I am beginning to evaluate the way I learn. I am trying to make changes so that the time that I put into learning/reading is more valuable.
It’s probably going to slow me down, but in the end, I will learn more and become more knowledgeable and productive.

What is it?

Do more with less! Yes, I think this is the key for me. I am doing too many things. I read to much. I have too many magazines. But the end
result is that I don’t learn enough. Yes, sounds bad. But that’s really how it is.

Why so?

Because I don’t learn on a level that I can remember. When I read an article for example. Is there anything that I take out of it? What do I mean? Do I extract information that I will actually remember?

Most of the time, I have to say it’s a no!

This is not easy. Not going to be easy.

I know.

But there are ways that I can implement that will allow me to learn more.

How?

I wish I knew.

But I think I know a way. I will try it. If I can share the information that I read/gather, then this will help me remember it. It will help me digest
it in another way. It will make me learn it in a more meaningful way.  Whether it’s twitter, my blog, a wiki page, anything. The point is to extract information that will go into my “long term” memory. Only then I will remember it.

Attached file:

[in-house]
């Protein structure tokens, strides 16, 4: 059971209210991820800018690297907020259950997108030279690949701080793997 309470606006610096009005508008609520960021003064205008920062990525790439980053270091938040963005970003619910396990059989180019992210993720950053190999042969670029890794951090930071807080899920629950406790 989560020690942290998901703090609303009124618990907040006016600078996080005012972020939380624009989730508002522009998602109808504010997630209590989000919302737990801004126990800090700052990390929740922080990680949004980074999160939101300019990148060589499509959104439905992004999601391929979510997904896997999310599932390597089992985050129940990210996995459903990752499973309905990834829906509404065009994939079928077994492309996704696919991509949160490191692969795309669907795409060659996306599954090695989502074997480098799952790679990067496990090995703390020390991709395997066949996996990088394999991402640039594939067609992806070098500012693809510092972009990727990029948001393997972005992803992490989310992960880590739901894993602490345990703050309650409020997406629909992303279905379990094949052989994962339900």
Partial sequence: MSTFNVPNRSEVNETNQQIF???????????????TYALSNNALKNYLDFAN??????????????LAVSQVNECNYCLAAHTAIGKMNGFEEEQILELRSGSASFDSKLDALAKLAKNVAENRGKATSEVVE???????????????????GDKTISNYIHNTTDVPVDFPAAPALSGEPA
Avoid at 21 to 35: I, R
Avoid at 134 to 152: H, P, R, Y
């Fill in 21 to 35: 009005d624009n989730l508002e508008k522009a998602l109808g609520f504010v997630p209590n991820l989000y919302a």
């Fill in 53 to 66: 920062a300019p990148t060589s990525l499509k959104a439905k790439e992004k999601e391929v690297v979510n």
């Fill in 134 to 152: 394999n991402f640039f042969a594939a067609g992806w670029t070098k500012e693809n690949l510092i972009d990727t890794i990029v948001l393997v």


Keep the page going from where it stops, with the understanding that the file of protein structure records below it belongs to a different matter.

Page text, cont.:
So here it is. One of my goals for this year is to alter my learning. Change it so I focus more on the things that I learn. And that I really learn.

Reading is a lot of fun, but it could be even more fun when I can use it in a way that can help me. What am I going to do with all the knowledge I acquire? :-) A good problem to have.

15 Steps to Cultivate Lifelong Learning

An excellent guide to follow in your Lifelong Learning quest.

1) Always have a book.It doesn’t matter if it takes you a year or a week to read a book. Always strive to have a book that you are reading through, and take it with you so you can read it when you have time. Just by shaving off a few minutes in-between activities in my day I can read about a book per week. That’s at least fifty each year.

2) Keep a “To-Learn” List

We all have to-do lists. These are the tasks we need to accomplish. Try to also have a “to-learn” list. On it you can write ideas for new areas of study. Maybe you would like to take up a new language, learn a skill or read the collective works of Shakespeare. Whatever motivates you, write it down.

3) Get More Intellectual Friends

Start spending more time with people who think. Not just people who are smart. But people who actually invest much of their time in learning new skills. Their habits will rub off on you. Even better, they will probably share some of their knowledge with you.

4) Guided Thinking

Albert Einstein once said, “Any man who reads too much and uses his own brain too little falls into lazy habits of thinking.” Simply studying the wisdom of others isn’t enough, you have to think through ideas yourself. Spend time journaling, meditating or contemplating over ideas you have learned.

5) Put it Into Practice